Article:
Sunday, November 1st, 2015, 2:37 pm
Skiplagged Isn’t Nearly As Good As They Think They Are…Here’s A Better Way To Save Money On Hidden-City Flights
One of the local Chabad shluchim came to my office last Thursday and after learning for a bit we started talking about the upcoming Kinus HaShluchim in New York where thousands of shluchim from around the world gather for an inspiring weekend that culminates in an incredible banquet dinner on Sunday night. Last year I was in NYC giving a public DansDeals Seminar as well as private seminars for Shluchim from around the world and I got to experience the banquet for the first time. It’s truly an awesome site to see and is quite the experience.
At any rate, we got into a discussion of Southwest pulling out of Akron and the prohibitively high cost of flying from Cleveland to NYC:
Avios help, (and they will continue to help even when they go up from 4.5K to 7.5K) but availability on Sundays from CLE-NYC is iffy:
American is starting to fly from Akron to LaGuardia next month, but the route won’t operate on Sundays until February, so Avios wouldn’t help there either.
United had a saver award flight into Newark. Theoretically it would entail paying an expedite fee, but any seminar attendee can tell you the workaround for that:
So then he asked me if Skiplagged would be of use in this case.
For decades people have been saving money on tickets by using hidden-city ticketing, something that the airlines frown upon. It’s no secret, but it wasn’t something used by the masses. Then United decided to let everyone know about it by suing Skiplagged, despite having no basis for which to sue for.
Some tickets can be 90% cheaper by just adding on an extra leg to the end of the itinerary. I think of it like not eating the dessert course of a prix-fixe, but most airlines say that its against their terms.
It’s important not to confuse hidden-city ticketing with fuel dumping. A fuel dump entails finding a ticket with heavy fuel surcharges and adding a leg that causes the fuel surcharge to be dumped. Hidden-city ticket isn’t about dumping a fuel surcharge, it’s about finding a cheap ticket that connects in the city where you actually want to go.
I first wrote about hidden-city ticketing over 9 years ago. 7 years ago I wrote about using Southwest sales to get to Florida on the cheap via hidden-city and about using JetBlue to get from LA to NYC via hidden-city.
I spend a chunk of each DansDeals seminar talking about the dangers of hidden-city ticketing as well how to search for it, work around the issues, etc. It’s not something you should do every week, but once in a while is fine.
2 years ago I typed up a tutorial on finding hidden-city fares and on hacking ZFV fares. Later in 2013 USAirways had $460 tickets to Israel via hidden-city. In 2014 Virgin America had a first class hidden city fare.
There are even hidden city award tickets. In this post was an international example but in my seminars I even talk about domestic ones as well. Even on first class awards you can manufacture greater availability on airlines like Cathay Pacific first class via hidden city award tickets.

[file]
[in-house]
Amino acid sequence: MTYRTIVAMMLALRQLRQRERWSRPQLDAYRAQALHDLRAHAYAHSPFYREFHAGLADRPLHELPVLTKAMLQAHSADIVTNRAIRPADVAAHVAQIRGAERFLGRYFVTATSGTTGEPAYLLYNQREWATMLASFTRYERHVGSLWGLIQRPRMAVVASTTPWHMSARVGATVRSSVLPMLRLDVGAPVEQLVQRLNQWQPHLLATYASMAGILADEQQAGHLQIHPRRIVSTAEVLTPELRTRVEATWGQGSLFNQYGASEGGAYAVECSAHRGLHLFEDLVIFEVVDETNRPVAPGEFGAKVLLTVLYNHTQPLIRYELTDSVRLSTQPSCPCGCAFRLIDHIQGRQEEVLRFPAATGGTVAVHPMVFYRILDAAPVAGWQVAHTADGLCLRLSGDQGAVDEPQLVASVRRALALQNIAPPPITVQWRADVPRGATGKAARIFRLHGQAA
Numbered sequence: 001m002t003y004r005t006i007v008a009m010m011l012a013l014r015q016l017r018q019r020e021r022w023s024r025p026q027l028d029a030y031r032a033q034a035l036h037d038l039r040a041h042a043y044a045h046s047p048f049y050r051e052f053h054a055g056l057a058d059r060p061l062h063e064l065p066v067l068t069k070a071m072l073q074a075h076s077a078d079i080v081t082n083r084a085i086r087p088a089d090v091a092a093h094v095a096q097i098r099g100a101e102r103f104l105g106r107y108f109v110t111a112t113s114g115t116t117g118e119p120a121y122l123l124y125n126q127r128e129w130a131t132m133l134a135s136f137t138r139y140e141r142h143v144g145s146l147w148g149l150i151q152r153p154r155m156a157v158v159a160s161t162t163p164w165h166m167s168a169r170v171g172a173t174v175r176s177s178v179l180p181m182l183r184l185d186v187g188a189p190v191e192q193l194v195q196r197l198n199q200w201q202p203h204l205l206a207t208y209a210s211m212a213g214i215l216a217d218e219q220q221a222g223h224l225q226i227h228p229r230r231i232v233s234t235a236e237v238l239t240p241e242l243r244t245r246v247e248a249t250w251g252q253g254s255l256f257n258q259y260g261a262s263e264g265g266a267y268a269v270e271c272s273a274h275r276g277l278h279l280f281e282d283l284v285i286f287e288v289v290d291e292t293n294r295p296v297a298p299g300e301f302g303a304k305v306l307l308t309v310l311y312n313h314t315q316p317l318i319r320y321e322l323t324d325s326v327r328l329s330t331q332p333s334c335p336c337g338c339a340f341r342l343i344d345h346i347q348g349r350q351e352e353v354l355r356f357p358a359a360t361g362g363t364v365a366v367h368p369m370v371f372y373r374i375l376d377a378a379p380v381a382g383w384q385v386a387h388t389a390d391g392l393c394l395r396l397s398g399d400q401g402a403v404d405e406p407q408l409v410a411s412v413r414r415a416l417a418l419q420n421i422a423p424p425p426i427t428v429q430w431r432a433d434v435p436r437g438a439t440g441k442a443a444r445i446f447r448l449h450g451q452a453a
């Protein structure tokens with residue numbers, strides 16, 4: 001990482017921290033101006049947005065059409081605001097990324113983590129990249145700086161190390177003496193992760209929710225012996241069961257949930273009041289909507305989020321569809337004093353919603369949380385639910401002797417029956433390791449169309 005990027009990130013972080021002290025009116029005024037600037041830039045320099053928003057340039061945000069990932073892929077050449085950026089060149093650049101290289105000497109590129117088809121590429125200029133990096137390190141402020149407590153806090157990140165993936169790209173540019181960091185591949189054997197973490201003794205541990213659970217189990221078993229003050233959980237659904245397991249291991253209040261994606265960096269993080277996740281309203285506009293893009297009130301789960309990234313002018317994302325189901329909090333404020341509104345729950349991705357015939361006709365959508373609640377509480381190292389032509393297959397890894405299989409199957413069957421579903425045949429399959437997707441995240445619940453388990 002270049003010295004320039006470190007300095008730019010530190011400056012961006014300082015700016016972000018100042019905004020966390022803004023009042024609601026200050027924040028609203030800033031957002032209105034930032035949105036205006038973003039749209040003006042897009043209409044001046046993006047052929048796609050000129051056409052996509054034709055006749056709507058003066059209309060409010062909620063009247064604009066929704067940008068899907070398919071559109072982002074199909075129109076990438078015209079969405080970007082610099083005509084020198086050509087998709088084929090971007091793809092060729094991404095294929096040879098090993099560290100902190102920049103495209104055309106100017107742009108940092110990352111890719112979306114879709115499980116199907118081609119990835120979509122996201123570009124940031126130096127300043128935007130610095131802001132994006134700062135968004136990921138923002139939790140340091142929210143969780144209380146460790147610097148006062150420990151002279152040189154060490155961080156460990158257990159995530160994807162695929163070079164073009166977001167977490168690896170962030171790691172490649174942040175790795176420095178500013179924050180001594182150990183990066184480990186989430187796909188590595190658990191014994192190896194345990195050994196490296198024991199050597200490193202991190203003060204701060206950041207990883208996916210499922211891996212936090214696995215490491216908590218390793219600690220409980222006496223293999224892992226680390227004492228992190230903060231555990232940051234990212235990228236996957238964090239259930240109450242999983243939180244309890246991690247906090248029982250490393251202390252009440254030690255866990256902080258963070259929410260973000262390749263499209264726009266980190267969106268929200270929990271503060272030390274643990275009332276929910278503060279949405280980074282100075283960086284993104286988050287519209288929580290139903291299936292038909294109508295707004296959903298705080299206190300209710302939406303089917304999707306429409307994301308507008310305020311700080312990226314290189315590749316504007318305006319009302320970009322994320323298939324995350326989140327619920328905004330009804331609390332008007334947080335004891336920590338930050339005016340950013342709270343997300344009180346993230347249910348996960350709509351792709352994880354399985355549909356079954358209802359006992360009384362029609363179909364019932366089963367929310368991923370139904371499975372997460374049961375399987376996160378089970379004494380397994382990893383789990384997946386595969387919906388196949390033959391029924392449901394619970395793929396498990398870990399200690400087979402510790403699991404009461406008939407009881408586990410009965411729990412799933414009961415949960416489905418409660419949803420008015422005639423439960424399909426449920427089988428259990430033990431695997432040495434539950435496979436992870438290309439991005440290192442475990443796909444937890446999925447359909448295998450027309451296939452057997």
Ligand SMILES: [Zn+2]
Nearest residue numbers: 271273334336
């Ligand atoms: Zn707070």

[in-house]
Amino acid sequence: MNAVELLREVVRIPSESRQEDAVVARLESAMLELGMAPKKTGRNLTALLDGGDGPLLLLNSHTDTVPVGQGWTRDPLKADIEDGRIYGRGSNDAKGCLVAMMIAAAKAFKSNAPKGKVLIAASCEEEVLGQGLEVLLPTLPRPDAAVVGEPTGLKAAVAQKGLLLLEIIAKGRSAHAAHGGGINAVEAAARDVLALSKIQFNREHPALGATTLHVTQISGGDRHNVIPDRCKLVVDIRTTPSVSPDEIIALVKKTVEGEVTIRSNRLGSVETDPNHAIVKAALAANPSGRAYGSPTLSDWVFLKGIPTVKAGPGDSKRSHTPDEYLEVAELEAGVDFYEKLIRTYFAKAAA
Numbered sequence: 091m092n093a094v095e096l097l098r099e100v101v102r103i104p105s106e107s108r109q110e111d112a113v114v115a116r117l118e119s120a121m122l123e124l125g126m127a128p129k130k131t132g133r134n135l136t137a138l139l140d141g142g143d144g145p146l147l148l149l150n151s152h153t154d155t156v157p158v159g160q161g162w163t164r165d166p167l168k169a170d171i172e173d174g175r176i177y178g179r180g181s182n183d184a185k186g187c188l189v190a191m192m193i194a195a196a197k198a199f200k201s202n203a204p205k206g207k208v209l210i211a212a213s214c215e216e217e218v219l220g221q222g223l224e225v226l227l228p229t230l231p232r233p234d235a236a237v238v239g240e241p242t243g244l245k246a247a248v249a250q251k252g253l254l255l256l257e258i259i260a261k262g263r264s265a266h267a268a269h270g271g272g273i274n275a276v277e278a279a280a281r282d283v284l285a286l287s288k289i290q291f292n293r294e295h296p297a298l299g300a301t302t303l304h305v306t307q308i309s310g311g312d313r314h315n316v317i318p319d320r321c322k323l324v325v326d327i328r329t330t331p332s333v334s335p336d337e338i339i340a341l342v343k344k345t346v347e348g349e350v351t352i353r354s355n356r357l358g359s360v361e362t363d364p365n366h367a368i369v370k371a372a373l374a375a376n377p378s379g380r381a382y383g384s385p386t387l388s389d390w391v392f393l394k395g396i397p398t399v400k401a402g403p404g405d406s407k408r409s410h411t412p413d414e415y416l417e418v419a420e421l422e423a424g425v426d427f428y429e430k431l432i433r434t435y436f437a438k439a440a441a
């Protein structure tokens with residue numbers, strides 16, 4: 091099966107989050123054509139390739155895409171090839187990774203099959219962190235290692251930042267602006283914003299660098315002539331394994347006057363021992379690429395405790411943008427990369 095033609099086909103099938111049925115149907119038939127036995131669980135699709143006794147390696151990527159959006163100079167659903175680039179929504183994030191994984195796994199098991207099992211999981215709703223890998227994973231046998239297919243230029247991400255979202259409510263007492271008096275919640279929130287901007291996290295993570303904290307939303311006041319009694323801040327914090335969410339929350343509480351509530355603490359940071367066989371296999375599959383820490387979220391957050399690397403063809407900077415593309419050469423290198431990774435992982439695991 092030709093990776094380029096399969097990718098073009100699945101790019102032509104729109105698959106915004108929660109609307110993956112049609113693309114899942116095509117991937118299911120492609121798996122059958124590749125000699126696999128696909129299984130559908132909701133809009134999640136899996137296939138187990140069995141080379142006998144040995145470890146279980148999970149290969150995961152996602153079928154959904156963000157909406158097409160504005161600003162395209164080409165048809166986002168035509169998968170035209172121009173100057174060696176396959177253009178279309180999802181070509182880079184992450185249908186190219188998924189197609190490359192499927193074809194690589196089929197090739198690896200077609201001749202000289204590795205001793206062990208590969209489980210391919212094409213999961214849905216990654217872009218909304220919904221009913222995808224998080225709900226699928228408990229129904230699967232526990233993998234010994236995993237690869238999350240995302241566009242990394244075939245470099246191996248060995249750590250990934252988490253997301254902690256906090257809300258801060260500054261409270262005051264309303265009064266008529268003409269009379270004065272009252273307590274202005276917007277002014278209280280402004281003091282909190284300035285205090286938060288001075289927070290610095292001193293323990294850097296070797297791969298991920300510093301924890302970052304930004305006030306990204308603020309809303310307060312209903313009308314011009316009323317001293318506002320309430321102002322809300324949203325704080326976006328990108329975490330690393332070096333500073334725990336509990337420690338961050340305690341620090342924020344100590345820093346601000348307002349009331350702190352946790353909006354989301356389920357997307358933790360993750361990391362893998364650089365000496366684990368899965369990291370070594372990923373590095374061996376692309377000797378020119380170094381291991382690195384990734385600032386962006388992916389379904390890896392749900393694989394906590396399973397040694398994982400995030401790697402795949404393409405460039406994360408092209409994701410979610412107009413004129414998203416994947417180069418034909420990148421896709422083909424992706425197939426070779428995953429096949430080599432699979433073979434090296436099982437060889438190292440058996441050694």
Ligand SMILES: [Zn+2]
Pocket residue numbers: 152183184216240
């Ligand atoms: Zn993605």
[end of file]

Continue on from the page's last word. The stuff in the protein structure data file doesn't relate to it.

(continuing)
And I’ve written lots of times about hacking nonstop fares to Tel Aviv via hidden city ticketing.
So I pulled up Skiplagged to see what they were able to find:
In other words a flight from Cleveland to Boston that stops in LGA would be $141, pretty significant savings off the $540 price of the Cleveland to LaGuardia flight without the extra leg to Boston.
Of course you’ll only be able to being carry-on luggage on a domestic hidden-city flight. Not the end of the world as you can always send luggage via UPS ground for about the same price as checking a bag.
My problem with Skiplagged is that on their home page they make a bold claim:
Personally though I find better results with Google’s ITA Matrix.
-Click on One-way (Hidden-city tickets are generally always purchased as a one-way)
-Enter your origin airport.
-Click on advanced routing codes.
-Enter the airport code where you actually want to end up in the routing code field between the origin and destination field.
-For the destination field I copy/paste the entire list of the top 100 US airport codes (and other airport codes) that I compiled and posted in this DDF Wiki.
Effectively I’m asking ITA to find me a flight from Cleveland to anywhere in the country as long as it stops in NYC:
And ITA came back with this, an $87 flight from Cleveland to Manchester, NH or Providence, RI that stops in Newark on United. Or a $109 flight from Cleveland to Miami that stops in JFK on Delta. Skiplagged completely missed those options, but ITA found them with ease.
ITA doesn’t sell tickets, but searching on Priceline for CLE-PVD came up with the desired flight:
I noticed that one of the connection airports was in Washington DC. That seemed like a good price, so I checked Skiplagged to see if it would find that option for Cleveland to DC.
Read more after the jump:
But by changing the ITA search to this:
It found it with ease:
Does Skiplagged do any better for the return?
Not even close to ITA:
Will Skiplagged do any better from Pittsburgh? The best it found was PIT-LGA-RDU for $141:
While ITA found PIT-EWR-RDU for $104:
How about from nearby Akron? This time Skiplagged did find a cheaper RDU fare:
These are all things that Skiplagged can rectify, but for now it’s not even a competition. ITA wins hands down.